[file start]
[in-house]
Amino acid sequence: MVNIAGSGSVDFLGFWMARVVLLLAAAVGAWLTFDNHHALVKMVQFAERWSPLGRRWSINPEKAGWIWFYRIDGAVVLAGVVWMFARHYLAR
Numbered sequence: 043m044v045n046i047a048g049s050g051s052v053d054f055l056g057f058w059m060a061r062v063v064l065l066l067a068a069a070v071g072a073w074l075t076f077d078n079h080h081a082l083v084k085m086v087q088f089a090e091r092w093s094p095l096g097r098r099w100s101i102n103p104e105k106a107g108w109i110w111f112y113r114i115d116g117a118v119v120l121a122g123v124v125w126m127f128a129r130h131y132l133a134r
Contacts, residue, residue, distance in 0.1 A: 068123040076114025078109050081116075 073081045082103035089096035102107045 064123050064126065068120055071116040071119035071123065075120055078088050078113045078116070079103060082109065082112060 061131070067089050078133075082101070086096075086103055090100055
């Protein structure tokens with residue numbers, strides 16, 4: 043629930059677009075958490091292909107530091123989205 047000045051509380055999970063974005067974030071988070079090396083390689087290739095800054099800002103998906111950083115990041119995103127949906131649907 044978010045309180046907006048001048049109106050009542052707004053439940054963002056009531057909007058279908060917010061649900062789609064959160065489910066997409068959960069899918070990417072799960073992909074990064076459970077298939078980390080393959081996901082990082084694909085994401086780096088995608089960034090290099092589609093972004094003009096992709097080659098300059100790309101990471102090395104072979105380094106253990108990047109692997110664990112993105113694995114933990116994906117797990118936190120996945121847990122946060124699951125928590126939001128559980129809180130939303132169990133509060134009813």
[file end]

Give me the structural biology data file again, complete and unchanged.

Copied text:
[in-house]
Amino acid sequence: MVNIAGSGSVDFLGFWMARVVLLLAAAVGAWLTFDNHHALVKMVQFAERWSPLGRRWSINPEKAGWIWFYRIDGAVVLAGVVWMFARHYLAR
Numbered sequence: 043m044v045n046i047a048g049s050g051s052v053d054f055l056g057f058w059m060a061r062v063v064l065l066l067a068a069a070v071g072a073w074l075t076f077d078n079h080h081a082l083v084k085m086v087q088f089a090e091r092w093s094p095l096g097r098r099w100s101i102n103p104e105k106a107g108w109i110w111f112y113r114i115d116g117a118v119v120l121a122g123v124v125w126m127f128a129r130h131y132l133a134r
Contacts, residue, residue, distance in 0.1 A: 068123040076114025078109050081116075 073081045082103035089096035102107045 064123050064126065068120055071116040071119035071123065075120055078088050078113045078116070079103060082109065082112060 061131070067089050078133075082101070086096075086103055090100055
């Protein structure tokens with residue numbers, strides 16, 4: 043629930059677009075958490091292909107530091123989205 047000045051509380055999970063974005067974030071988070079090396083390689087290739095800054099800002103998906111950083115990041119995103127949906131649907 044978010045309180046907006048001048049109106050009542052707004053439940054963002056009531057909007058279908060917010061649900062789609064959160065489910066997409068959960069899918070990417072799960073992909074990064076459970077298939078980390080393959081996901082990082084694909085994401086780096088995608089960034090290099092589609093972004094003009096992709097080659098300059100790309101990471102090395104072979105380094106253990108990047109692997110664990112993105113694995114933990116994906117797990118936190120996945121847990122946060124699951125928590126939001128559980129809180130939303132169990133509060134009813």